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EAX mode produces an authentication tag no longer than the length of the underlying cipher's blocksize. So in the case of using Blowfish (a 64-bit block cipher) in EAX mode, the resulting tag would be 8 bytes.

Is an 8-byte tag sufficiently long (I doubt it)? Could such a short tag subject the ciphertext to any sort of cryptanalysis to which a longer tag could resist?

I understand, of course, that there are plenty of reasons to prefer a 128-bit block cipher... I'm merely curious.

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A 64 bit authentication tag isn't a big problem. Authentiation tags are not subject to offline attacks. With an ideal 64 bit MAC each forgery has a $2^{-64}$ chance of being accepted. Thus HMAC-SHA256 with a 128 bit key truncated to 64 bits would give okay security. But I don't know how close EAX is to an ideal MAC. Many AEAD schemes decay as message length increases or as more messages are observed. I'm too lazy to investigate how EAX fares. There is also the concern of birthday problem related attacks with $2^{32}$ cost. –  CodesInChaos Jun 19 '13 at 19:50
64 bit authentication tags are however subject to online attacks. Normally you can live with a $2^{-64}$ risk of someone generating a valid tag by pure chance, but it might be a problem if the authentication scheme is such that the attacker might lower the odds of success by collecting lots of known plain/cipher text pairs. –  Henrick Hellström Jun 19 '13 at 20:07

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Using EAX with a 64-bit block cipher is problematic, because the short block size causes some weaknesses due to internal collisions. I do not recommend it. Use a 128-bit block cipher.

Indeed, the world has moved away from 3DES and towards AES exactly because of these fundamental problems with a 64-bit block size: the internal collision effect means that, with a 64-bit block cipher, once you encrypt more than about $2^{32}$ blocks of data, it is very likely that there will be at least partial leakage of secret information. This problem is not specific to EAX: it is endemic to essentially every block-cipher-based mode of operation around.

We can be more precise and quantify the nature of the problem by looking at the security theorem for EAX.

  • Confidentiality. The security theorem (Corollary 6 in the EAX paper) says that, assuming our block cipher is perfect, an adversary who wants to violate confidentiality can do so with advantage at most $9.5 \sigma^2/2^n$. Here $\sigma$ counts the number of $n$-bit blocks that are encrypted, and $n$ is the block size. If you want to use EAX with a 64-bit block cipher, then you have $n=64$, so this expression for the adversary's advantage evaluates to $9.5 \sigma^2/2^{64}$. For good security, you want to keep this number significantly lower than 1. Unfortunately, if you encrypt one billion blocks (8 GB of data, i.e., $\sigma = 2^{30}$), then this expression evaluates to $0.59$, so the adversary's advantage might be that big.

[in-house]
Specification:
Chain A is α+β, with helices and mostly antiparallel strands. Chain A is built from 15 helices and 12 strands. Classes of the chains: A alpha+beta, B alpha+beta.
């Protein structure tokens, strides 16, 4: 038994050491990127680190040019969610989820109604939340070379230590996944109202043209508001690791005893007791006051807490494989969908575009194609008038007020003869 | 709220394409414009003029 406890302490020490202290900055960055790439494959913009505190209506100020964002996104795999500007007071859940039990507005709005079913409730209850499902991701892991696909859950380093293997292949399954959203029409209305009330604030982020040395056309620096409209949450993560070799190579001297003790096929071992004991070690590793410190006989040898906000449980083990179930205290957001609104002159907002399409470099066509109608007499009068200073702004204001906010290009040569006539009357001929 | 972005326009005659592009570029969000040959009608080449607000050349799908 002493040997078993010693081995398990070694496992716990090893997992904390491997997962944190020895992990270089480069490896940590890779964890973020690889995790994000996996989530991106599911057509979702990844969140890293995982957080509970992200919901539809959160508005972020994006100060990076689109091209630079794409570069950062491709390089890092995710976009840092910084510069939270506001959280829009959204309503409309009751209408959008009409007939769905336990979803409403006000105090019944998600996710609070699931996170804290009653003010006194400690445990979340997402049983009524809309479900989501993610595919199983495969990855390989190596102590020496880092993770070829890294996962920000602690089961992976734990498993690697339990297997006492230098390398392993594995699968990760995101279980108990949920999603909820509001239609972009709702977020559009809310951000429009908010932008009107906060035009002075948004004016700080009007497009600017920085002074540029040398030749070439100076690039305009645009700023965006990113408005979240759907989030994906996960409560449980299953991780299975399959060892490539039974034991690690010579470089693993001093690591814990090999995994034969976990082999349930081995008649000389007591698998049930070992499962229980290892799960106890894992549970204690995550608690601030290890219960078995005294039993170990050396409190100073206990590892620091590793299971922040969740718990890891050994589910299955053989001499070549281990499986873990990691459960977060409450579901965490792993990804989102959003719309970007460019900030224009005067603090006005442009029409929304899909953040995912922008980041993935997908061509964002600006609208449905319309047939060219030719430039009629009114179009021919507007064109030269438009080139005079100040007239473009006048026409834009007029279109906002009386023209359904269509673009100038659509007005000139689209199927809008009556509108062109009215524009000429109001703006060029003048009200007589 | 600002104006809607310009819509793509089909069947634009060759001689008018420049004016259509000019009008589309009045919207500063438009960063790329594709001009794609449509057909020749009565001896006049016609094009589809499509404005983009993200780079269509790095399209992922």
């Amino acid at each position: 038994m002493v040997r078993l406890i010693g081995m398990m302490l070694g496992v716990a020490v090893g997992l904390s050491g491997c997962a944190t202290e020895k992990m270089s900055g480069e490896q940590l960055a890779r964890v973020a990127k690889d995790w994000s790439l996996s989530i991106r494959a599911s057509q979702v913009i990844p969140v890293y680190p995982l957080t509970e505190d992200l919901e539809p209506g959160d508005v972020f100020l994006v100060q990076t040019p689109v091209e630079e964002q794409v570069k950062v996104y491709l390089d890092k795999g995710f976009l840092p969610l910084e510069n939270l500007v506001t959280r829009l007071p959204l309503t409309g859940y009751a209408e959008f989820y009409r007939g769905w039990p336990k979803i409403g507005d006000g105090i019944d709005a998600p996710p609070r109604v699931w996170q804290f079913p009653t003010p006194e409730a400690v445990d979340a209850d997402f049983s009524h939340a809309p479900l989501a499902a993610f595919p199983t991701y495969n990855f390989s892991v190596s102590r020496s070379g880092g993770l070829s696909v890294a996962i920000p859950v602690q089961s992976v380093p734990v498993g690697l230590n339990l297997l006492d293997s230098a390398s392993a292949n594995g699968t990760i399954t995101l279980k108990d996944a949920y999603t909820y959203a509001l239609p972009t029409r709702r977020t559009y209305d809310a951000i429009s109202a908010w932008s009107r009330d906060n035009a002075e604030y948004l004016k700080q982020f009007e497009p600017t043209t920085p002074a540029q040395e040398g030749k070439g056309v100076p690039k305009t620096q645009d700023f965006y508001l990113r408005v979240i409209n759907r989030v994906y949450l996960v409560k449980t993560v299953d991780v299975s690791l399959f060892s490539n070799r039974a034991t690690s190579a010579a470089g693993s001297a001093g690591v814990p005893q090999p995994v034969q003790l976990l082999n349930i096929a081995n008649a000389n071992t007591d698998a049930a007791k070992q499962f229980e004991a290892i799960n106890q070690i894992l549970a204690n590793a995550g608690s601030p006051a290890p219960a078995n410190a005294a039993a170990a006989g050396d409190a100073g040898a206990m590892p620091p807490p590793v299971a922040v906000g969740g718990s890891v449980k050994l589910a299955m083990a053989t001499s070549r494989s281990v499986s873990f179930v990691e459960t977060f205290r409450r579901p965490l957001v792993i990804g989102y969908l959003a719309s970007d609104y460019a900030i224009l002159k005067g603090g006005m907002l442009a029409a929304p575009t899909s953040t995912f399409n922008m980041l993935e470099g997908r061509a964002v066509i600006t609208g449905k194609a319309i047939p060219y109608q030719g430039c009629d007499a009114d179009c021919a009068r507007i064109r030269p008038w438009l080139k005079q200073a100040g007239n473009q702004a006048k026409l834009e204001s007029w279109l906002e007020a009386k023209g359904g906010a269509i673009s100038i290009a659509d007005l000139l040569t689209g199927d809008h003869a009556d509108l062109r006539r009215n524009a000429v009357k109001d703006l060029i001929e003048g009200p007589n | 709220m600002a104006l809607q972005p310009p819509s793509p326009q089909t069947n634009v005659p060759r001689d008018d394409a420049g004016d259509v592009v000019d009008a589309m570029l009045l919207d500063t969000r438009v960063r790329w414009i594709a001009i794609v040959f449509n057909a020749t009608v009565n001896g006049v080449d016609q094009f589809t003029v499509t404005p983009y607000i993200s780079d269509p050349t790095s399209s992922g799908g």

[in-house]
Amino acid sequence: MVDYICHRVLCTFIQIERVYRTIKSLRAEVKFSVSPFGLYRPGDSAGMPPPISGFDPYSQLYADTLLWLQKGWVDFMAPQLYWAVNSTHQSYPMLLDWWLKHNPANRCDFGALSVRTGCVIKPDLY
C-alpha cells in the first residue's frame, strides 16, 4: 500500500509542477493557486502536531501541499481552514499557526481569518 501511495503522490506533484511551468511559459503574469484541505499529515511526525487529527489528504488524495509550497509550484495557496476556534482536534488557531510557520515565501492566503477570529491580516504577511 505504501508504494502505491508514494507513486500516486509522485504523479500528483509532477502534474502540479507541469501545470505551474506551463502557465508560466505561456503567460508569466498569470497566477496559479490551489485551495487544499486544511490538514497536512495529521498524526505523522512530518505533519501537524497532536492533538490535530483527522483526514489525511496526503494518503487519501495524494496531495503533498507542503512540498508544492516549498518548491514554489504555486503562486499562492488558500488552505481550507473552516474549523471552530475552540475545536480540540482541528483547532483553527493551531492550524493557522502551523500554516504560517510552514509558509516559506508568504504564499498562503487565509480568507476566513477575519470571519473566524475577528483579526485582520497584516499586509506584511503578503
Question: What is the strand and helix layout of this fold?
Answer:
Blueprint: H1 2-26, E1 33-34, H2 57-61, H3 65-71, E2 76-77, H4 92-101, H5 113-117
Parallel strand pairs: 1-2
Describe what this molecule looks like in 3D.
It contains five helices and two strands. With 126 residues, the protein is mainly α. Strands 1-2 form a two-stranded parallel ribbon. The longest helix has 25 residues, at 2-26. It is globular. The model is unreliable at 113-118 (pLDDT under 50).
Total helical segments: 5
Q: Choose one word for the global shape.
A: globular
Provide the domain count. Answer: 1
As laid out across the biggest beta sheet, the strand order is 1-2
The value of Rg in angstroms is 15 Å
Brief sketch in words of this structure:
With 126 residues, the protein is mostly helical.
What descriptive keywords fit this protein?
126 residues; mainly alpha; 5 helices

In rough intuitive terms, if you encrypt 8GB of data under a single key using EAX with a 64-bit block cipher, there's at least a 50% chance that the attacker learns some partial information about the secret messages. That's not good. Instead of 50%, we would much prefer this number to be much smaller: like one in a million or something. So, the security level obtained is not really acceptable.

  • Integrity. The same security theorem also gives us a bound on the chances that the attacker is able to create a forged packet, assuming the attacker gets a single attempt. This probability is at most $11 \sigma^2/2^n + 1/2^\tau$, where $\sigma,n$ are as before and where $\tau$ is the length of the authentication tag. Assuming you use a 64-bit authentication tag (which I recommend), the security level is $(11 \sigma^2 + 1)/2^{64}$. For $\sigma=2^{30}$ (8GB of data), this probability is about $0.69$.

    In other words, if you encrypt up to 8GB of data using EAX with 64-bit block cipher (using the same key for all data), then an attacker who makes a single attempt at forgery might have as large as a $0.69$ chance of success, with just a single attempt. If the attacker makes multiple attempts (which of course the attacker can do), then the attacker's success probability might increase even more. This is totally unacceptable. We probably want the attacker's success probability, after making (say) a billion attempts, to be small (say, one in a million or something). A 64-bit block cipher falls far short.

TL;DR: Use a 128-bit block cipher. A 64-bit block cipher is cutting things too fine.

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